On Monday 8 August a group of regular tourists toured the sweltering cesspool that is the Ol’ Pussy Grabber’s grifting HQ and carted away a boatload of souvenirs. You’d think MAGA Nation would be happy about such an event! The free publicity and grifting alone should allow Trump and various and sundry MAGA politicians and organizations to swindle the rank and vile out of thousands of dollars that would be better spent on insulin, cancer treatment, OxyContin, cigarettes, and alcohol. It should be seen as win-win, right?
Well, like Jesus said, there’s no pleasing some people. We’ve seen everything from calls for civil war from the militia types to cries of refund the FBI from those what think they’re clever to accusations of government persecution of political enemies to threats that the IRS are going to come after Ma and Pa MAGA’s guns while beheading them with ISIS, infecting them Ebola, and taking their welfare checks with undocumented immigrants.
The FBI Raid of Mar-a-Lago
It has led some who study the rhetoric that spews from various orifices on the right to characterize it as “this is really the most ominous time since right before the Jan. 6th insurrection.” Dana Milbank, who has a book to flog, described it as “reckless rhetoric” on the right, causing people to oppose the government, promoting desperation among the core MAGA base, and prompting some to seek a Second Amendment solution.
Milbank, a political opinion columnist at The Washington Post, believes it is incumbent for AG Garland to explain why the raid was necessary and what it accomplished to counter the disinformation that is churning through the conservative media bubble. However, studies of the fallibility if memory and distortions of perception due to partisanship suggest this will largely be ineffective.
Let’s take a closer look at the findings.
Two Studies of Partisanship and Memory
A Memory Primer
To really appreciate these findings, we’ll need to have some basic understanding of how memory works.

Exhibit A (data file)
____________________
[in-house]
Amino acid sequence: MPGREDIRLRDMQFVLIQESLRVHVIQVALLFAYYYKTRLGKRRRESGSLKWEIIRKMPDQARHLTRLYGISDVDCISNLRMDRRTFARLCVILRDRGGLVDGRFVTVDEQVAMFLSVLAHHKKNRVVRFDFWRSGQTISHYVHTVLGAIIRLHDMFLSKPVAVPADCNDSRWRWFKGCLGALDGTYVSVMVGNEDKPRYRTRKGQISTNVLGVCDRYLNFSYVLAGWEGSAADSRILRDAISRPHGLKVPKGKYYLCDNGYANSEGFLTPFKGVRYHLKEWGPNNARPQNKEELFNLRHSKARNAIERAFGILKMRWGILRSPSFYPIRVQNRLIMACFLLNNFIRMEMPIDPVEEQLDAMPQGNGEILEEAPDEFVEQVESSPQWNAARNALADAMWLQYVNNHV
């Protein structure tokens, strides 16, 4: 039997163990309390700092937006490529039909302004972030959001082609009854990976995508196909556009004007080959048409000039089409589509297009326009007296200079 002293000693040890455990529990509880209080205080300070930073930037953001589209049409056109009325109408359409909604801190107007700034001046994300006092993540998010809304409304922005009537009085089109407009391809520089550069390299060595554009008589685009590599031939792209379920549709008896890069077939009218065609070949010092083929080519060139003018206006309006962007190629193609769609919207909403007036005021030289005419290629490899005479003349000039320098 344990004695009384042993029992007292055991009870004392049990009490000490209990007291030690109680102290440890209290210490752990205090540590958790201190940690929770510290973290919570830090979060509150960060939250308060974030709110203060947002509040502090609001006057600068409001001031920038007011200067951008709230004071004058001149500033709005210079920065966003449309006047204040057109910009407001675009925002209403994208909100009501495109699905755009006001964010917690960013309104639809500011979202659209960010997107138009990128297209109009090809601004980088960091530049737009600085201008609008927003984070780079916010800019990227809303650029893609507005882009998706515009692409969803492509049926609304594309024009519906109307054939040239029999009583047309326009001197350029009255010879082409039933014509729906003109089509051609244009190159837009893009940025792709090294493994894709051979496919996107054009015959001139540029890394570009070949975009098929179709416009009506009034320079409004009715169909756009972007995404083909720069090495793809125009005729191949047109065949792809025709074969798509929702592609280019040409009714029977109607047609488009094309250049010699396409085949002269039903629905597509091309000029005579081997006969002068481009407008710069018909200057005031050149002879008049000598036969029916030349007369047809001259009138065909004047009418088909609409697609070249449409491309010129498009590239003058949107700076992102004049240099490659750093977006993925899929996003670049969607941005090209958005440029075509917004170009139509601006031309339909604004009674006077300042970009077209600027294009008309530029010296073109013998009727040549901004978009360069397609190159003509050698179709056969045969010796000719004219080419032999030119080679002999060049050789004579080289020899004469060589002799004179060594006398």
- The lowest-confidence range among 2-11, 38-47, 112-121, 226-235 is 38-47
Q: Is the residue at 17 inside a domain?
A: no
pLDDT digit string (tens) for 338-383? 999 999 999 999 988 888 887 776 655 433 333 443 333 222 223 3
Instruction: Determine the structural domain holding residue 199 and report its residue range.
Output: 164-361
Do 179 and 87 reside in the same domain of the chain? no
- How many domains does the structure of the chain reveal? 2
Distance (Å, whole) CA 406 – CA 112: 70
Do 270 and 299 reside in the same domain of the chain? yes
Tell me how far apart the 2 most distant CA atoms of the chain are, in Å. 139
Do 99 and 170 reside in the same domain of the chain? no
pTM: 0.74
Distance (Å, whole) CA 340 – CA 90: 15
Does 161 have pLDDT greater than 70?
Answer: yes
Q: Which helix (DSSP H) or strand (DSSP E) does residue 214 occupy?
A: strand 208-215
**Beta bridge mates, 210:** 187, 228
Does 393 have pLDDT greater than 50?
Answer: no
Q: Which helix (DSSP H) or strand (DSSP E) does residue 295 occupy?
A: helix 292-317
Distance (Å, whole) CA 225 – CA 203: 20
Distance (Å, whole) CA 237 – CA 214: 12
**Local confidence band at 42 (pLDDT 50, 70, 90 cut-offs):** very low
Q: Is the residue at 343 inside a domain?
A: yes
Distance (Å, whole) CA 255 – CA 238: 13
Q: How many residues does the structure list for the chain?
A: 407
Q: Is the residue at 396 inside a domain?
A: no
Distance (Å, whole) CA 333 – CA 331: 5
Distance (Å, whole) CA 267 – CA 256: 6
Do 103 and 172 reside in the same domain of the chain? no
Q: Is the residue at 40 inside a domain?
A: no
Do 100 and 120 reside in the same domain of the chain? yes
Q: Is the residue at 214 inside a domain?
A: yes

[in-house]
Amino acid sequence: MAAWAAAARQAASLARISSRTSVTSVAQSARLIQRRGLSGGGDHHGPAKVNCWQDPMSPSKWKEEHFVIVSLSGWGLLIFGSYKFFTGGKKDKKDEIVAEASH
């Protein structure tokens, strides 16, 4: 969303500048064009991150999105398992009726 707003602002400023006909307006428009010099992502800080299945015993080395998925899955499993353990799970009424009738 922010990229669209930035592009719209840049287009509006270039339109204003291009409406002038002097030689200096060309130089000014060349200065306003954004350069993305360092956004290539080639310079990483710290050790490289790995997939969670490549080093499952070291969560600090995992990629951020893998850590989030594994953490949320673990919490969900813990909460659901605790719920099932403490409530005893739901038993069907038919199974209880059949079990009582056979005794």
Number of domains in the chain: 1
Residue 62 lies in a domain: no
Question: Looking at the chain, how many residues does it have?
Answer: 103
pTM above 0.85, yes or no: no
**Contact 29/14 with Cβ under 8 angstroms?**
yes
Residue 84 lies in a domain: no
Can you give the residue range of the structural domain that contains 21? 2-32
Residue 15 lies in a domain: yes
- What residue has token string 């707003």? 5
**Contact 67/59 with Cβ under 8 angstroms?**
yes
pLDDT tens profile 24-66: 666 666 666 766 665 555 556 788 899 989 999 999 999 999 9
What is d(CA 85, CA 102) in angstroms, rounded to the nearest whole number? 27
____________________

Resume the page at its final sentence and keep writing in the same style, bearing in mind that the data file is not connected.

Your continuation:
Memory is reconstructive, meaning that you encode the various pieces of an event, and, then, when recalled, you reassemble those pieces. Just in that sequence alone, there are punctures where the memory can be corrupted, but it is even worse than that because EVERY TIME you recall something, it gets reassembled, and then EVERY TIME you’re done with the memory, it gets disassembled and put away. Every time it is assembled and disassembled, it can be corrupted.
It’s kind of like a piece of IKEA furniture, except without all the cussing — Isn’t it worth the extra twenty bucks to have the IKEA folks assemble it? Imagine that every time you wanted to use your desk, you had to put it together, and every time you were done, you had to take it apart and put it away. It’s easy to imagine that you’d soon loose a screw or two, the little holes they go into would wear out, some piece or other would break. You’d have to find replacements. Eventually, it wouldn’t even look like the original desk, right?
That’s what your memory is like. It is especially vulnerable to emotional influence, so the emotions you’re experiencing when you’re disassembling and putting it away can really affect the content of the memory.
Even more alarming, we can make up memories out of whole cloth, like that time you met Bugs Bunny at Disney World or got lost in the bathroom at Constantinople International Airport and your mother had to come find you. With very little suggestion at all most people will happily fill-in the blanks and create new memories.